Halloween The Curse of Michael Myers Loomis.jpg

You know, people have said that Rob Zombie ruined the Halloween franchise with his remake (I’ll get to that later). No, no he didn’t. The franchise has been ruined from Halloween 4: The Return of Michael Myers and this film is just another twist of the knife. I have problems with the last two films – they’re not very good… but at the very least they were semi-competent films. This, this picture is a car crash of terrible story, awful acting and vomit enduing editing.

Of course it goes without saying that Donald Pleasence is once more the only saving grace of the film and its a sad note that this was his final film as he died before it was released. But there is a kick in the balls to the whole Donald Pleasence thing. See he originally had a bigger role in the movie, only the studio decided to cut him out of most of it. How about that for paying respects to a recently deceased legendary actor? But I’ll get onto all of that next…

Honestly, I given the legend that is Donald Pleasence much more respect in this article by using his character’s quotes from the previous films than this film does in its entirety.

“I knew what he was, but I never knew why.”

– Dr. Loomis

Halloween: The Curse of Michael Myers: The Producer’s Cut

Halloween The Curse of Michael Myers The Producers Cut

Okay so I don’t think I really need to do a synopsis of this one as its the same film, only a different cut. Yes there are some changes between the theatrical cut and this version and I’ll cover those in my view. But by and large, the plot is pretty much the same between both films.

So lets crack on with the story of the butchering of Halloween: The Curse of Michael Myers.

My View

The story goes that this version of the film was tested for an audience and they hated it. So the film was cut, re-edited as well as having to go through some re-shoots. The final result was the complete mess that is Halloween: The Curse of Michael Myers. But do you happen to know why they audience hated this cut of the film? Because the test audience was full of 14 year olds and of course 14 year olds know all about making a good film right? So yeah, the studio fucked up the film because some spotty teenagers didn’t like it.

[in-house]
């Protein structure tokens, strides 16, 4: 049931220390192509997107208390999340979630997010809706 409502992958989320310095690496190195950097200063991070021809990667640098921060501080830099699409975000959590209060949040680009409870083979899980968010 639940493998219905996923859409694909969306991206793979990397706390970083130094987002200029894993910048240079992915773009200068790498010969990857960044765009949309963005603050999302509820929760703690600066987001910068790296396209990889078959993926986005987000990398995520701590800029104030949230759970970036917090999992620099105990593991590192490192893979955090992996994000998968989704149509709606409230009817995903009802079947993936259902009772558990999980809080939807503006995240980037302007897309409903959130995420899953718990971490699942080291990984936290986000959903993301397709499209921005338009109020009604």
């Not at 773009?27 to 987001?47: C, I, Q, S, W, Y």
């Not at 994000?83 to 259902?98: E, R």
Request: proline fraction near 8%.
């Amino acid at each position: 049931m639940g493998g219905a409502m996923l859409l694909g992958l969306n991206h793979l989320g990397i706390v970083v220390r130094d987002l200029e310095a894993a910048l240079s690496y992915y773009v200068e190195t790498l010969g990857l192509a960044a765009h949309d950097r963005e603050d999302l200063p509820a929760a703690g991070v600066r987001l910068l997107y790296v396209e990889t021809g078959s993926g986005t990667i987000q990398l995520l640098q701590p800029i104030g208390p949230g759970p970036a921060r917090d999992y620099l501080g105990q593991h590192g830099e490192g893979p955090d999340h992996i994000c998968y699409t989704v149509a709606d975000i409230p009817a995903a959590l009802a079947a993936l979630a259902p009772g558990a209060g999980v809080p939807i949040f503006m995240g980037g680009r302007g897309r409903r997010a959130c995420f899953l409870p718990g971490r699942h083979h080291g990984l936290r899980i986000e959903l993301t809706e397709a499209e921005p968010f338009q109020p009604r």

Well I’m more than happy to say that this cut of the film is better then the released theatrical cut, but to be honest its still got a good film – just a better one. As I said, the plot is still pretty much the same but I’ll take a look at a few of the differences here.

I guess the first difference should be the title, see the film was originally called Halloween 6: The Origin of Michael Myers as this teaser trailer shows.

The biggest differences worth noting are the fact that Jamie doesn’t die… well at least not in the same way as as in the theatrical cut. Her death comes later in this cut and you know what? I actually makes sense within the plot. There’s more detail on the whole Thorn cult and explains what they are. Then editing is much better and gone are all the jump cuts and flashing images, it now looks like a film.

The opening narration in the theatrical cut was provided by Paul Rudd’s Tommy Doyle character, even though he had not been introduced to the film yet. In this version, its Dr. Loomis covering the backstory – which make so much more sense. The overall style and atmosphere of the film is also much better and there’s actually some pretty tense scenes.

As for Donald Pleasence? He has a hell of a lot more screen time, more scenes and more dialogue that fills in backstory and even covers plot holes that exist in the theatrical cut due to his part being edited down. Then there’s the ending. The theatrical cut’s ending make no sense. Dr. Loomis says he has business to take care of and the film then cuts to Michael Myers’ mask with Loomis screaming in the background. The ending here actually wraps things up and resolves the whole Thorn cult thing too. Its still not a great ending, but it makes coherent sense at least.

Halloween The Curse of Michael Myers The Producer's Cut Loomis.jpg

The film just has better pacing despite it being longer than the other version. There’s more story, more suspense and more atmosphere. In every way, this cut is far, far superior and why the studio decided to cut the shit out of it I do not know. As I said, I can’t say that this is a good film but it most definitely is better. If you really want to watch Halloween: The Curse of Michael Myers then get hold of the producers cut. You’ll thank me for it later.

This is a fitting tribute to Donald Pleasence and shows respect to a masterful actor who dedicated seventeen years of his life playing the character of Dr. Loomis. A man who died before his final film was released and had his part massively cut in the theatrical version and was disrespected for all he had done. This film is bad, but at least you can watch Donald Pleasence acting and acting well.

“I feel great! I had surgery, plastic surgery. Skin grafts. It cost a fortune, but at least I don’t frighten people anymore.”

– Dr. Loomis

Halloween The Curse of Michael Myers The Producers Cut Michael


 

I think I’ll split this one up into two parts and seeing as the next film marks an anniversary, this seems like a good place to take a break. See you in Part II.

Advertisements

An Incomplete History of Horror Films Part V.

Its the decade of big hair and even bigger horror films. the 80s.